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We tend to not be patient with weight loss because change is hard. We get excited by new promises and new eating and exercise routines. Once this excitement wears off, we are faced with a rigid plan that is hard to follow in our “real” world. These plans tend to ignore our internal signals to eat. They mess with our metabolism and make it hard to enjoy our lives.
Rigid eating and exercise plans will become harder to stick to over time. This is because these plans are not realistic. Our busy lives need a flexible plan. Many people start a plan with so much intensity that they burn-out. Then they will sooner or later rebound to their old lifestyle patterns.
Find a plan you can stick with and create real change. Think about these three different mind-sets: (hint: the non-diet approach works best!)
Steady weight gain
High taste (high sugar, fat and salt), highly processed, less nutritious foods
Erratic eating style (less frequent meals, more frequent snacks)
Fad/Extreme “Diet and Exercise” Plans
Rapid weight loss
Rigid eating plan—often with low taste or low interest foods
Ignore internal hunger and appetite regulators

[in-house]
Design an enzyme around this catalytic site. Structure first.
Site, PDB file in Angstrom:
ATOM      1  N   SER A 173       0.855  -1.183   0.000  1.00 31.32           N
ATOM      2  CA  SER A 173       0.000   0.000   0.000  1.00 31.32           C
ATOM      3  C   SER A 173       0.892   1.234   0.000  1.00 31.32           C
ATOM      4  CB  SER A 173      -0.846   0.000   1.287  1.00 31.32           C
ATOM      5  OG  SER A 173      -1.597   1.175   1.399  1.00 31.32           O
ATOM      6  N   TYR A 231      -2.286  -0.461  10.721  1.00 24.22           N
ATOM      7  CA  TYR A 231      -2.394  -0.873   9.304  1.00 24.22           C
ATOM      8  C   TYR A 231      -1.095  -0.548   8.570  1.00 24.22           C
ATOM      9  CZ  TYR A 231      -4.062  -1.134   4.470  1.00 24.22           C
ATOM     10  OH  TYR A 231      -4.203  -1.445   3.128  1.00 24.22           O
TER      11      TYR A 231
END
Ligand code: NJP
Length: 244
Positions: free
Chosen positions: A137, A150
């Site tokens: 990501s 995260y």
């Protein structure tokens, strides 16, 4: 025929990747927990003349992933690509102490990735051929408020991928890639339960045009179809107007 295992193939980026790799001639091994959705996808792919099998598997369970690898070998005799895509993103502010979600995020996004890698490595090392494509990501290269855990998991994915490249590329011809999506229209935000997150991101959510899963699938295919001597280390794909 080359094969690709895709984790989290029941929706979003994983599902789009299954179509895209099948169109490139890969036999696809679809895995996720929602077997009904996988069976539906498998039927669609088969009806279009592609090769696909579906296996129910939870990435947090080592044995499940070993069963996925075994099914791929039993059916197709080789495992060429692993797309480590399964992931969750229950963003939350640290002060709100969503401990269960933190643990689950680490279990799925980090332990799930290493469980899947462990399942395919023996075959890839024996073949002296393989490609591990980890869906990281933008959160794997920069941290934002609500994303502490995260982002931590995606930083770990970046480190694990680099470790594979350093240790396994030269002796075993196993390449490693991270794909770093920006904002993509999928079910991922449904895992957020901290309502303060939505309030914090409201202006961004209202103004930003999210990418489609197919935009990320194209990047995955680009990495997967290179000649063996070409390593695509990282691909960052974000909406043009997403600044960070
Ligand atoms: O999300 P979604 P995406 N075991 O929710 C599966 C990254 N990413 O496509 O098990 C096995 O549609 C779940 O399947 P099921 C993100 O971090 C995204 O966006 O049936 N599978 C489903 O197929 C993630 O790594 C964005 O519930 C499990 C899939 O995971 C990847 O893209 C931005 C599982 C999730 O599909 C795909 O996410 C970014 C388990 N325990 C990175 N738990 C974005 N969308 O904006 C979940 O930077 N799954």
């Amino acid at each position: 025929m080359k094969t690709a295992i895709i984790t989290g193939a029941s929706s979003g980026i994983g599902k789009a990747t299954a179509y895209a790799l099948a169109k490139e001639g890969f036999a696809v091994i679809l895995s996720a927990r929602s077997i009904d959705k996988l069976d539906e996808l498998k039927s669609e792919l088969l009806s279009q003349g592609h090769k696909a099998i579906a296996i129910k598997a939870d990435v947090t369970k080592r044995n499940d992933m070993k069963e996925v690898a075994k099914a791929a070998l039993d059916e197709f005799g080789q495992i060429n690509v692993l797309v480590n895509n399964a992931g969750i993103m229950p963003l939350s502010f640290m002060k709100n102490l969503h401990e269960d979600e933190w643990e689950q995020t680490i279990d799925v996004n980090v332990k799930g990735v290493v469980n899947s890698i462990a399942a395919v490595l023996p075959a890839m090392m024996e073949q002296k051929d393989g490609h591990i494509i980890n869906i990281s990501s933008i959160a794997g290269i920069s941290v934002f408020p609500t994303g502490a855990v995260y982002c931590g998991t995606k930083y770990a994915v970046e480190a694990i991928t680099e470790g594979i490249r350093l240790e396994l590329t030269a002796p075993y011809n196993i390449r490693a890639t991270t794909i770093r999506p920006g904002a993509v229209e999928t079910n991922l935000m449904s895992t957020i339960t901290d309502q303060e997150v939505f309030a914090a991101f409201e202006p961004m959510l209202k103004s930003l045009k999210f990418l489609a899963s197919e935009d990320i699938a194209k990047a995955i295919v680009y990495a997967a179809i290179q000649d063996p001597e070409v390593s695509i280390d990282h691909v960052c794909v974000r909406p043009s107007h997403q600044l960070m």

Requires high motivation and excitement
May result in feelings of guilt when unable to follow the plan closely
All foods can be eaten in healthy portions. For instance, if you eat 2 cups of ice cream, try 1 cup rather than none.
Moderate increase in activity level.
Changes started that you enjoy and can sustain. For example, if you love chocolate, work it into your meal plan.
Slow change in body composition, like a change in clothing size.
Less focus on the number on the scale. This can be slow to change and isn’t the only sign of your progress.
The non-diet approach encourages:
Varied meal plan with portion sizes based on hunger signals.
Meal plan that includes lots of types of foods. No foods are forbidden.
Regular mealtimes based on your schedule. No more than 3 to 4 hours between meals. Eat within 30 minutes of feeling hunger.
Snack foods, sweets and processed foods should be eaten in healthy portions with meals. Not as snacks.
Balanced meals that include protein, carbohydrate, fruit and vegetables. For information on the plate method, refer to HFFY#509.
Move your body in activities you enjoy. Walk, bike, swim, etc.
Find non-food ways to manage your stress and emotions. Examples include getting fresh air, reading, puzzles, etc.,
Make lifelong changes instead of temporary fixes.
Let’s get started! Write three goals in each of these areas with the help of your nutritionist.
Competent Eating Goals
Moving Your Body Goals
Stress Management Goals
Who to Call
If you are a UW Health patient and have more questions, please contact UW Health at one of the phone numbers listed below. You can also visit our website at www.uwhealth.org/nutrition.
Nutrition clinics for UW Hospital and Clinics (UWHC) and American Family Children’s Hospital (AFCH) can be reached at: (608) 890-5500.
Nutrition clinics for UW Medical Foundation (UWMF) can be reached at: (608) 287-2770.